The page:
Roasted Squash and Sage Risotto Recipe, Spotlight on Squash, The Power of Soy and Exercise and Depression
As fall’s chill takes hold, it’s time for stick-to-your-ribs meals and taking advantage of farmers’ markets bursting with the seasonal bounty of winter squash. This issue of The Olive Oil Hunter Newsletter has everything you need to cook up a storm…
There are a few tricks of the trade I want to share so you’ll avoid common risotto speed bumps. The first concerns the rice. A short-grain rice is a must for getting the texture just right—the longer jasmine or basmati styles just don’t give off enough starch. Most risotto recipes designed for the American kitchen call for arborio, a great choice. But Italians, who are understandably very particular about the rice they use, prefer Carnaroli rice because it keeps its shape better—it’s harder to overcook, making your risotto more foolproof as well as light and creamy. Now, just to make things more interesting, over in Venice, the favorite is Vialone Nano, grown only in the province of Verona. It, too, stays firm while creating a light and creamy dish. So, it’s a matter of preference. Gustiamo.com sells both kinds if you’d like to do your own taste test! Whichever rice you choose, do not rinse it—you want its starch intact.
This tip is simple but essential: The cooking liquid, usually broth, must be kept hot in a second pot on the stove so that the temperature of the risotto stays consistent as you ladle in the liquid. And now for something I find is really helpful, though it’s not traditional—I prefer to use a small metal spatula with a straight, blunt edge to stir the risotto because it makes better contact with the pan than a spoon.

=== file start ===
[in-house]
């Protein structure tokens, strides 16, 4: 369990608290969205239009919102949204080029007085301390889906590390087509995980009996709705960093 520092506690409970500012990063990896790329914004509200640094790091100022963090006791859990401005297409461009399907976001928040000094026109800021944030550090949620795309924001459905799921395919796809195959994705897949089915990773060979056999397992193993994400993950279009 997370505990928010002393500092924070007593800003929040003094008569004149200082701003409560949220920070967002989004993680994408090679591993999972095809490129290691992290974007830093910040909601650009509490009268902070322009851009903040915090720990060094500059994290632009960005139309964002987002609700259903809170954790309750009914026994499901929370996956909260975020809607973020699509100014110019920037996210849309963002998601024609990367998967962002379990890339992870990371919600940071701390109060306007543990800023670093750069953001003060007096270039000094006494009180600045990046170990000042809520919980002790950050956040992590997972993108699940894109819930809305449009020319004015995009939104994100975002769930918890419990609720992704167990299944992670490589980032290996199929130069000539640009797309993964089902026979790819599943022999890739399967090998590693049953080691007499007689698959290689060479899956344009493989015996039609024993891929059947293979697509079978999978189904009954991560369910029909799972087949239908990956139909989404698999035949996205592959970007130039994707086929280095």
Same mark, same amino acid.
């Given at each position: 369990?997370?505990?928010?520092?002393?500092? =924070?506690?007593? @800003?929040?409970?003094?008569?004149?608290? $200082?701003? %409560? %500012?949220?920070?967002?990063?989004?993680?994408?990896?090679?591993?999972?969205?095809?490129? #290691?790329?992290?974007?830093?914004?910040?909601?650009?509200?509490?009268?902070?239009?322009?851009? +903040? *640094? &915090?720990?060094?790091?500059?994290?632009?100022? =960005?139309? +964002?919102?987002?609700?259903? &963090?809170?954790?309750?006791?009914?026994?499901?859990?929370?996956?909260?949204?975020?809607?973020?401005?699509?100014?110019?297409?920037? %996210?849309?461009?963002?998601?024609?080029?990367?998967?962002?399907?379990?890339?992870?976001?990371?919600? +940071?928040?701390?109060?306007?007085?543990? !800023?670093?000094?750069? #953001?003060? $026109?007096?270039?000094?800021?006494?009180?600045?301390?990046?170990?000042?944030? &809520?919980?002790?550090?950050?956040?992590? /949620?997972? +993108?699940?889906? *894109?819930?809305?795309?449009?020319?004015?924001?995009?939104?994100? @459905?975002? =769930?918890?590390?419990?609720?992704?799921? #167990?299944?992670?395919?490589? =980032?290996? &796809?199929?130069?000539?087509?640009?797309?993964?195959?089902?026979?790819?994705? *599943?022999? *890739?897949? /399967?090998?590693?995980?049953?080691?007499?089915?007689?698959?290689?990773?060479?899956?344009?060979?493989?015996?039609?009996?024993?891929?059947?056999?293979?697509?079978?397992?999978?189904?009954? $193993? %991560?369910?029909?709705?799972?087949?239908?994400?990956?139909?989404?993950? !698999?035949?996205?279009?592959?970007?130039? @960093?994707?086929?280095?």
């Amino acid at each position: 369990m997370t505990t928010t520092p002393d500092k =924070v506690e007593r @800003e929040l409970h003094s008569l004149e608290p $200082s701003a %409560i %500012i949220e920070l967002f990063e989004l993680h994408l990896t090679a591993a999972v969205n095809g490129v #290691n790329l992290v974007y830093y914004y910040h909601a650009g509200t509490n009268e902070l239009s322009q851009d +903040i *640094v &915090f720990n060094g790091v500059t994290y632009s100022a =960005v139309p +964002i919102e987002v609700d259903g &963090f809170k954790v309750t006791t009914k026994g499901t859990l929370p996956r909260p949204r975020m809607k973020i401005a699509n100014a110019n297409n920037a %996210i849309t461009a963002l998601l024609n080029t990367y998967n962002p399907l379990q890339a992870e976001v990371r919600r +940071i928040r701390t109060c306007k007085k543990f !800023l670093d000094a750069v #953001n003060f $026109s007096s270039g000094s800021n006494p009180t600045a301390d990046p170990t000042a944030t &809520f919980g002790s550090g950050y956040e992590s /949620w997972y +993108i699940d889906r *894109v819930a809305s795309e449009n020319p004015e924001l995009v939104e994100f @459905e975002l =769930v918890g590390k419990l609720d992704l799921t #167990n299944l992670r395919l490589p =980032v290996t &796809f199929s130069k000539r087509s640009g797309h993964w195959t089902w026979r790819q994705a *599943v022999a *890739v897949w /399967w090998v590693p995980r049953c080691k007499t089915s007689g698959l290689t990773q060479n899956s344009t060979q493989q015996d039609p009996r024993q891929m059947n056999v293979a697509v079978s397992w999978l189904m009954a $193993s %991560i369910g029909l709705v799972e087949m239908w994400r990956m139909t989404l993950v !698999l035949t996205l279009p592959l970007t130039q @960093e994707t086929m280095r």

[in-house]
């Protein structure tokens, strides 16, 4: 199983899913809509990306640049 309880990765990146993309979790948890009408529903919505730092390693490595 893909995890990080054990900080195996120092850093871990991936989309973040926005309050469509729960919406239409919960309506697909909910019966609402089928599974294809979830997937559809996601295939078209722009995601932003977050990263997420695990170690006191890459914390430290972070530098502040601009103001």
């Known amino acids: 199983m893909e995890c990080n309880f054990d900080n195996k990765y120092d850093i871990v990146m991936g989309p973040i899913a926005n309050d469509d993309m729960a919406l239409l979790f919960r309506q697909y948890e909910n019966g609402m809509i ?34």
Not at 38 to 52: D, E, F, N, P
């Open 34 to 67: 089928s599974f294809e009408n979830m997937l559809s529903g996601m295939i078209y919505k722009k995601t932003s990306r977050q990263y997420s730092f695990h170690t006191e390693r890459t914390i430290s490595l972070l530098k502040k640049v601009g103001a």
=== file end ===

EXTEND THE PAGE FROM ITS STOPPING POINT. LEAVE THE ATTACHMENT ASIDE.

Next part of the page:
For this recipe in particular, roasting rather than boiling the squash adds extra depth without adding any extra cooking time. The Healthy Kitchen Nugget below has everything you need to know about the prep.
If you want to watch the doyenne of Italian cooking, Lidia Bastianich, making risotto before you begin, she has a video master class with Fortunato Nicotra, her executive chef at Felidia in New York. It features great techniques and an exotic beet risotto recipe.
Roasted Squash and Sage Risotto
- Roasted Squash and Sage Risotto
Risotto is a time-honored classic from Milan, in northern Italy, where the culinary emphasis is on dairy, unlike the tomato-based dishes of the south. It’s labor-intensive because you must slowly add liquid to the rice and stir constantly to coax it to creamy perfection. Risotto is an impressive dish for entertaining, but you want to have the technique down first. While you don’t want to make your first risotto when company’s coming, it can be mastered quickly, and once you know the basics, you can start to experiment with different ingredients—shrimp, wild mushrooms, peas and leaks…risotto is infinitely customizable.
- 1-1/2 pound squash, such as Hubbard or kabocha
- 5 tablespoons extra virgin olive oil
- 3 large fresh sage leaves, finely minced
- 1 leek, trimmed, cleaned and thinly sliced crosswise
- 5 to 6 cups chicken or vegetable stock, homemade or low-sodium canned
- 1-1/2 cups rice, such as Carnaroli, Vialone Nano or arborio
- 1 cup dry white wine, warmed
- Pinch of nutmeg
- 1/2 cup freshly grated Parmigiano-Reggiano, plus more for serving
- 5 ounces baby spinach, rinsed and patted dry with paper towel